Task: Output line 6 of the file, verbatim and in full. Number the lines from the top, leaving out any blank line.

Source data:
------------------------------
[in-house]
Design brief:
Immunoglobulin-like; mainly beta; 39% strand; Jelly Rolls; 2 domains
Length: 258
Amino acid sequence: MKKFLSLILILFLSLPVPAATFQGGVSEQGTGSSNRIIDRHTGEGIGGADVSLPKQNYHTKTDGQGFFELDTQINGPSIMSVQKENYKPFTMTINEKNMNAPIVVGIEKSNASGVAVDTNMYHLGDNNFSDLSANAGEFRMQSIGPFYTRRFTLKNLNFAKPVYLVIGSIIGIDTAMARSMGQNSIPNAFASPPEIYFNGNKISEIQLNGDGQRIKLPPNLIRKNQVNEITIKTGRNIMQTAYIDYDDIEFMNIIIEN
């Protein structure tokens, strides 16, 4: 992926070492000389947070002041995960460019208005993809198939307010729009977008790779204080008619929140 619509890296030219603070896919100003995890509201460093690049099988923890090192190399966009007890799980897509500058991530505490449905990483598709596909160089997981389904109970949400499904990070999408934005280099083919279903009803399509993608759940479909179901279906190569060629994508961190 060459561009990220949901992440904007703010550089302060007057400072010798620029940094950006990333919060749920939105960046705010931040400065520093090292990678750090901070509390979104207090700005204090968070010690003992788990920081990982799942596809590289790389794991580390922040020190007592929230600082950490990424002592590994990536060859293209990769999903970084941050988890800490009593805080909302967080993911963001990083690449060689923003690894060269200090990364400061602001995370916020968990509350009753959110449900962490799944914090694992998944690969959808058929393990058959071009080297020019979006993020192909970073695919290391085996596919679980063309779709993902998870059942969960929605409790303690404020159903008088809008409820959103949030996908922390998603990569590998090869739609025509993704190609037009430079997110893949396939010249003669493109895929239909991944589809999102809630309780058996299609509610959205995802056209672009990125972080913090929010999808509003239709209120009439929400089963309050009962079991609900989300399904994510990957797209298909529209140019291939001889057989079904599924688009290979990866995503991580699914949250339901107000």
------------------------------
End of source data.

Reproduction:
């Protein structure tokens, strides 16, 4: 992926070492000389947070002041995960460019208005993809198939307010729009977008790779204080008619929140 619509890296030219603070896919100003995890509201460093690049099988923890090192190399966009007890799980897509500058991530505490449905990483598709596909160089997981389904109970949400499904990070999408934005280099083919279903009803399509993608759940479909179901279906190569060629994508961190 060459561009990220949901992440904007703010550089302060007057400072010798620029940094950006990333919060749920939105960046705010931040400065520093090292990678750090901070509390979104207090700005204090968070010690003992788990920081990982799942596809590289790389794991580390922040020190007592929230600082950490990424002592590994990536060859293209990769999903970084941050988890800490009593805080909302967080993911963001990083690449060689923003690894060269200090990364400061602001995370916020968990509350009753959110449900962490799944914090694992998944690969959808058929393990058959071009080297020019979006993020192909970073695919290391085996596919679980063309779709993902998870059942969960929605409790303690404020159903008088809008409820959103949030996908922390998603990569590998090869739609025509993704190609037009430079997110893949396939010249003669493109895929239909991944589809999102809630309780058996299609509610959205995802056209672009990125972080913090929010999808509003239709209120009439929400089963309050009962079991609900989300399904994510990957797209298909529209140019291939001889057989079904599924688009290979990866995503991580699914949250339901107000």